Shark Stewards is proud to be one of the 45 Non Government Organizations (NGOs) from around the world that work on issues relating to the conservation and sustainable use of marine resources, sent a letter last Monday to the Marine Stewardship Council (MSC) for granting sustainable fishing certifications to fisheries where it is acknowledged that shark finning had occurred.
Letter sent by 45 NGOs to the MSC due to Shark Finning.
The MSC is the most important global certifier of fishery products, and establishes sustainability standards for fisheries, through a certification and eco-labelling program. The MSC first granted a certification to the purse seiner yellow fin tuna and skipjack tuna fishery in the Western and Central Pacific, known as the Parties of Nauru Agreement (PNA) Fishery, in 2011.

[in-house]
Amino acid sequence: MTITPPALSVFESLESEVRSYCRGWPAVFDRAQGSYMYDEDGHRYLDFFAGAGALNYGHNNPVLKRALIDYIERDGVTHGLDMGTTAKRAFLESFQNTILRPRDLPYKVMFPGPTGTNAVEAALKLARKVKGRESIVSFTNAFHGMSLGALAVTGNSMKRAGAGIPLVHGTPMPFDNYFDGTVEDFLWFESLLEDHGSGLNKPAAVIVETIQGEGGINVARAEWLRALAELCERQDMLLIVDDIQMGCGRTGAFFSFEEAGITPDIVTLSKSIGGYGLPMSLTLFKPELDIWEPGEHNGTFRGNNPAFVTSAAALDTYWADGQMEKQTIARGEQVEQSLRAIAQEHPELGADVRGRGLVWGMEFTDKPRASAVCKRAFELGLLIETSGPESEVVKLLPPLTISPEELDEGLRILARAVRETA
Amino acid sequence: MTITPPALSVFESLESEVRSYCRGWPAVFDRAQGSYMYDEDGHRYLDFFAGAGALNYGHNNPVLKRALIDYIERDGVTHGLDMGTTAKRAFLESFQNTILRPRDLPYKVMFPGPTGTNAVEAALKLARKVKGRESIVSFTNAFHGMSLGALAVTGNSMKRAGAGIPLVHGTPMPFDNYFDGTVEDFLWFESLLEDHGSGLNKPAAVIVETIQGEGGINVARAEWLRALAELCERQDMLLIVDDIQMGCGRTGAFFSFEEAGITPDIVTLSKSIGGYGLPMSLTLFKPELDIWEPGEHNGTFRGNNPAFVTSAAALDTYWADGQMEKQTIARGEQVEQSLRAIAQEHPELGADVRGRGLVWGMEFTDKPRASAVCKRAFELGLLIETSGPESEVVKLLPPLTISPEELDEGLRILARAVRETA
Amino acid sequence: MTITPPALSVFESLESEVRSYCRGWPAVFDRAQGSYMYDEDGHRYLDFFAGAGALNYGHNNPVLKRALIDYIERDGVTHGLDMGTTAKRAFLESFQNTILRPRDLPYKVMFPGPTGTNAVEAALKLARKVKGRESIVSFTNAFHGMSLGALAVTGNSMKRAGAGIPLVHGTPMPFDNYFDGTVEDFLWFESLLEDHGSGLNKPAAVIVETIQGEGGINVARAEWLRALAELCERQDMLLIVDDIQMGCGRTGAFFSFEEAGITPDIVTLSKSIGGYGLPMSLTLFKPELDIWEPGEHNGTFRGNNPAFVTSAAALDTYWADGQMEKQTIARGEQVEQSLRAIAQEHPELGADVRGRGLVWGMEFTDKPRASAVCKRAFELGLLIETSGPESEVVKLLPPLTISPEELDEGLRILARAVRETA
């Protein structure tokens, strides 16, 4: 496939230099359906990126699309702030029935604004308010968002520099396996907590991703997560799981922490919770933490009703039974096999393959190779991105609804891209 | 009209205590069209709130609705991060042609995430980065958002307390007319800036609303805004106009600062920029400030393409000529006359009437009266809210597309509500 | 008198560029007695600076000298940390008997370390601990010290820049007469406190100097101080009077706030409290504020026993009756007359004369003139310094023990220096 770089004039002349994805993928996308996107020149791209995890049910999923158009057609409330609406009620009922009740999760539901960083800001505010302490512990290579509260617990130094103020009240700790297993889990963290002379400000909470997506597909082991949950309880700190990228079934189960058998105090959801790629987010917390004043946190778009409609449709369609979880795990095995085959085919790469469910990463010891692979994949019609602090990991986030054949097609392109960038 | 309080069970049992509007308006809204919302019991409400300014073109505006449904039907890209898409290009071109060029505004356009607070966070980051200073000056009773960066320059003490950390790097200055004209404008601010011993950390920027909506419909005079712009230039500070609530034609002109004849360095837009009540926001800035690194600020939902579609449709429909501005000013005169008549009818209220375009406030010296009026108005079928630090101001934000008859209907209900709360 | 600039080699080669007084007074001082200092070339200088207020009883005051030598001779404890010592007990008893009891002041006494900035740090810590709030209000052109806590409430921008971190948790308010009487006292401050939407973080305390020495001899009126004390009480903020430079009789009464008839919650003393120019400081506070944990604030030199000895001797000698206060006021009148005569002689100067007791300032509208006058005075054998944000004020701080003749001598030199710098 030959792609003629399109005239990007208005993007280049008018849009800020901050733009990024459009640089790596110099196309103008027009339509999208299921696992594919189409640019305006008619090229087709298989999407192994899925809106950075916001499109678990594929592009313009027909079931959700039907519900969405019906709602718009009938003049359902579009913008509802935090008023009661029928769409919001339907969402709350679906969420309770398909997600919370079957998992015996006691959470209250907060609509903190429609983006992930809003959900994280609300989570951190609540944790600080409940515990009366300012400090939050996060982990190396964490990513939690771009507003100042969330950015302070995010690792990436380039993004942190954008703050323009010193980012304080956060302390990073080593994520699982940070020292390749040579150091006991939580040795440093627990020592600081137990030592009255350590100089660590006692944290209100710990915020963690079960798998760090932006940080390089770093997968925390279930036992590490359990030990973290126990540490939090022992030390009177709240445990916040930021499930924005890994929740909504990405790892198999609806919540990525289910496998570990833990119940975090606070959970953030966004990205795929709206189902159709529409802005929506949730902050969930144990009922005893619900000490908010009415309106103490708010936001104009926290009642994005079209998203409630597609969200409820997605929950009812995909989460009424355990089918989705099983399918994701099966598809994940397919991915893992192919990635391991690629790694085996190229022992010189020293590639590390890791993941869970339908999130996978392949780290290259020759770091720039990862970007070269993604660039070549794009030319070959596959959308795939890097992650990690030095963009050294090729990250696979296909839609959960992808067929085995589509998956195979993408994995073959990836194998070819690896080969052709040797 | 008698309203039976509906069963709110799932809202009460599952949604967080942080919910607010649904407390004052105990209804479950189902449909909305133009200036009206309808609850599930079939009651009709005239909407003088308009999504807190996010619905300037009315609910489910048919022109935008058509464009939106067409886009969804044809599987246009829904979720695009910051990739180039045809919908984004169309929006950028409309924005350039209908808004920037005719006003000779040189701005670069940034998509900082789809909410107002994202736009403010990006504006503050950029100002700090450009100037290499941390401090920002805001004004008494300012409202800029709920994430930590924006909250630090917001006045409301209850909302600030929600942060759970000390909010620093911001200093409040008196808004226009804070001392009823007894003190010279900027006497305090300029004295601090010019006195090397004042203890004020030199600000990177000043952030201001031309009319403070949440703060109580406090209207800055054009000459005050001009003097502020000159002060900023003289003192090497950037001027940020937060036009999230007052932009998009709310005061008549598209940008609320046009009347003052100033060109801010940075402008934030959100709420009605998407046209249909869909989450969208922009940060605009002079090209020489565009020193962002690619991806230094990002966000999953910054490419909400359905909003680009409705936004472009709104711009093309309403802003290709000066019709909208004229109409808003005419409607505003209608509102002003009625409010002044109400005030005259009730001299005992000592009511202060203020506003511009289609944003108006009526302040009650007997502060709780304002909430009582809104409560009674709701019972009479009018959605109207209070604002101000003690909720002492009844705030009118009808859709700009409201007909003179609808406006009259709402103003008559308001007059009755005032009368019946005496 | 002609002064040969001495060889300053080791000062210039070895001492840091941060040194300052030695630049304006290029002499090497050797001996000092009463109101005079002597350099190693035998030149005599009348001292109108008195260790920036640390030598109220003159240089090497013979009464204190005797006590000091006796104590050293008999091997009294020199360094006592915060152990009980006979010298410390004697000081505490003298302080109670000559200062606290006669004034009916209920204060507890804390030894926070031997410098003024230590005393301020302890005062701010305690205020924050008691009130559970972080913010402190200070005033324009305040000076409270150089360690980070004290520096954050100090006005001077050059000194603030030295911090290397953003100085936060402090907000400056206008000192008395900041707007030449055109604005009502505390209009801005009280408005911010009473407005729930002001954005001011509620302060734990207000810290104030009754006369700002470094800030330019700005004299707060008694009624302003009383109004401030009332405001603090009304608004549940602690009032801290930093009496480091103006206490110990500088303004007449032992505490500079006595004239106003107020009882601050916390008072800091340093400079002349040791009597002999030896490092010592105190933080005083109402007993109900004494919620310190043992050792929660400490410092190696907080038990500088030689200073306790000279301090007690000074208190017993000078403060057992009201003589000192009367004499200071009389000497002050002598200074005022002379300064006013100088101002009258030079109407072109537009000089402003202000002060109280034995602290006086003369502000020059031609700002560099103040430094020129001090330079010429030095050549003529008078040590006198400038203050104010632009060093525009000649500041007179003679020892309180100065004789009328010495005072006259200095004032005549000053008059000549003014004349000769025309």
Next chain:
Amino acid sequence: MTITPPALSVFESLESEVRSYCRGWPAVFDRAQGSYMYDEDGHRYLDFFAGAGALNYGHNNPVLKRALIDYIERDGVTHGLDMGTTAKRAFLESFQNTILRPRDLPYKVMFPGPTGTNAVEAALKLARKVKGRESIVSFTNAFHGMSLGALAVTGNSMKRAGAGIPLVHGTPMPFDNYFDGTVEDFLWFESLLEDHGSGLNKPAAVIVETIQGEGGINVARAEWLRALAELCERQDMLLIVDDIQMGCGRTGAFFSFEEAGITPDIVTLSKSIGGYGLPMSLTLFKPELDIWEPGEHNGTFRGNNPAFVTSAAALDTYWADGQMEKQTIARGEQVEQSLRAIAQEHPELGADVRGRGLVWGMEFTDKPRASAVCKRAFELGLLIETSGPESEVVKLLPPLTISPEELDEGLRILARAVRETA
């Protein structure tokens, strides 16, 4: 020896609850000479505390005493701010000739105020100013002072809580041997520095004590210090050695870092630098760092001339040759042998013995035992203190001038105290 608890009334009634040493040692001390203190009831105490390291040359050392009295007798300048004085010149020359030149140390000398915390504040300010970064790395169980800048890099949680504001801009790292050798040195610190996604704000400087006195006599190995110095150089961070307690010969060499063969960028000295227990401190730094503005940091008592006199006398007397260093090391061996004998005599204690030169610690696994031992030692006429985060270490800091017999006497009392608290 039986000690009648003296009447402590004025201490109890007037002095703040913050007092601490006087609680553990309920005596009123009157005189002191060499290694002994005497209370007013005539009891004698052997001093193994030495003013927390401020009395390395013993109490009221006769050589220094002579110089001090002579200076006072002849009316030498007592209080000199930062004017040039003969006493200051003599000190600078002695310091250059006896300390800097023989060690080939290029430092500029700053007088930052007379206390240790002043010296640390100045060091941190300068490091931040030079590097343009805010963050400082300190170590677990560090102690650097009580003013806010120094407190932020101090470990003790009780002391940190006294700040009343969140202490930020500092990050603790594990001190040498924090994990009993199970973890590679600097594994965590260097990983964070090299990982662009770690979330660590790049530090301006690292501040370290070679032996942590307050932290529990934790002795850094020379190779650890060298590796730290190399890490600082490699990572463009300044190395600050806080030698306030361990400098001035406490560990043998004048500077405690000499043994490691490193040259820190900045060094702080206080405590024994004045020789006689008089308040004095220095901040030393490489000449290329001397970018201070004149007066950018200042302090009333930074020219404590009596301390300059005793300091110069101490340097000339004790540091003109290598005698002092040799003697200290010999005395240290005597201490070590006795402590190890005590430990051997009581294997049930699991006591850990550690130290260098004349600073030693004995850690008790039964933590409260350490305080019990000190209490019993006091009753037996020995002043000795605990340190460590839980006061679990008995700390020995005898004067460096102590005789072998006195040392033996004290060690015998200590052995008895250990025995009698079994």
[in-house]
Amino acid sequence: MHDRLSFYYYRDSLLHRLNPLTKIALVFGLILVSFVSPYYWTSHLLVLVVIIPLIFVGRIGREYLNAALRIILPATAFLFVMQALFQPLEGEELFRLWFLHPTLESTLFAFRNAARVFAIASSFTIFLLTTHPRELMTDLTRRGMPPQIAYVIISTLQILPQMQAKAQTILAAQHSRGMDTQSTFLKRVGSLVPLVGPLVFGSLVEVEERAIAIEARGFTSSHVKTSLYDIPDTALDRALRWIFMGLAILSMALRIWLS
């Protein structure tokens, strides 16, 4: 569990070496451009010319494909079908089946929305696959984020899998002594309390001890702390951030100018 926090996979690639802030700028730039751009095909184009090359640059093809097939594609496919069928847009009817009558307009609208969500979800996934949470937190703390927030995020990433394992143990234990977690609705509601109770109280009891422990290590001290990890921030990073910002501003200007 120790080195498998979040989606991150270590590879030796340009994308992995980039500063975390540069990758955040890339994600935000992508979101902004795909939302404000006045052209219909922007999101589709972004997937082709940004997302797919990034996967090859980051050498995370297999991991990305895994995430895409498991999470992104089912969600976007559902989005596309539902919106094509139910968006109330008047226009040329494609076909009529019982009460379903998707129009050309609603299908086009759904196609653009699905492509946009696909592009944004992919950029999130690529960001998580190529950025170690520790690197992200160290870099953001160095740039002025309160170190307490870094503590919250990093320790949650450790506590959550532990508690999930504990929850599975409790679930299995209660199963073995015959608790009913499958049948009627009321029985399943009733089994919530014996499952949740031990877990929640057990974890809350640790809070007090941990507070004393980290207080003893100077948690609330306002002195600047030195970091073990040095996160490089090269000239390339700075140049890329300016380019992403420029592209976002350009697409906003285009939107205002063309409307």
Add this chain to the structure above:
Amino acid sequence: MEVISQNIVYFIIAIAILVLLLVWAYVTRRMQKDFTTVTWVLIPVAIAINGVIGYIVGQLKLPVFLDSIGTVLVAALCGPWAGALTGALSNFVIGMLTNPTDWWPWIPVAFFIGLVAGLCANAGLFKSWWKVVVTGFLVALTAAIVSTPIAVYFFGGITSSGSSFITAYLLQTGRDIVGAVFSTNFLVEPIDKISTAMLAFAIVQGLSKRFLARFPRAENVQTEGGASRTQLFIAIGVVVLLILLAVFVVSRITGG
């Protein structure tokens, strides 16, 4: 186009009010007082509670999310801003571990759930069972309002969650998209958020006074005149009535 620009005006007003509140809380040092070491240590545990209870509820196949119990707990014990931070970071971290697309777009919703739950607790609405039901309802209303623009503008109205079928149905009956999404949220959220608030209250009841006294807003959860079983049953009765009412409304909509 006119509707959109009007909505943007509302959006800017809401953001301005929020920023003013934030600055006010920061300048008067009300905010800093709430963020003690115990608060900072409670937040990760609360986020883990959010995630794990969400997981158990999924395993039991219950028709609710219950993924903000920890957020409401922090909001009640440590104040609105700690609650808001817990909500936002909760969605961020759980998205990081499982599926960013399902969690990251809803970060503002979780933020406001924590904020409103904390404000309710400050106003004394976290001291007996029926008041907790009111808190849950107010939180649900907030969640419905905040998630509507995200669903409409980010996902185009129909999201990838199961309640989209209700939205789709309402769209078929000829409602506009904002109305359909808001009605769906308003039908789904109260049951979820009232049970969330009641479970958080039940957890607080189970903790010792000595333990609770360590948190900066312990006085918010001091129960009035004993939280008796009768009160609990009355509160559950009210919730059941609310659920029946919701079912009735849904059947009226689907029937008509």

The NGOs adverse the recent recertification of the PNA Fishery for an additional 5 years, as the PNA observers themselves report the occurrence of shark finning. Furthermore, it is acknowledged that the fishery was involved in the retention, transhipping, and landing of non-authorized shark species, such as silky sharks (Carcharhinus falciformis) and oceanic white tip sharks (Carcharhinus longimanus). This occurs contrary to the sustainability standards promoted by MSC, which establish that fisheries in which shark finning occurs can´t opt for a certification. Document that explains the extent of the shark finning issue in the PNA Fishery.
The NGOs propose a 90 day time frame for an objection hearing to take place before the Revision Panel, where Parties set out their respective cases on whether the level of shark finning in the PNA is compliant with the MSC standard, as assessed by the certifier, Acoura. If the regular occurrence of shark finning is confirmed by the Revision Panel, the NGOs call for the immediate suspension of the granted certification.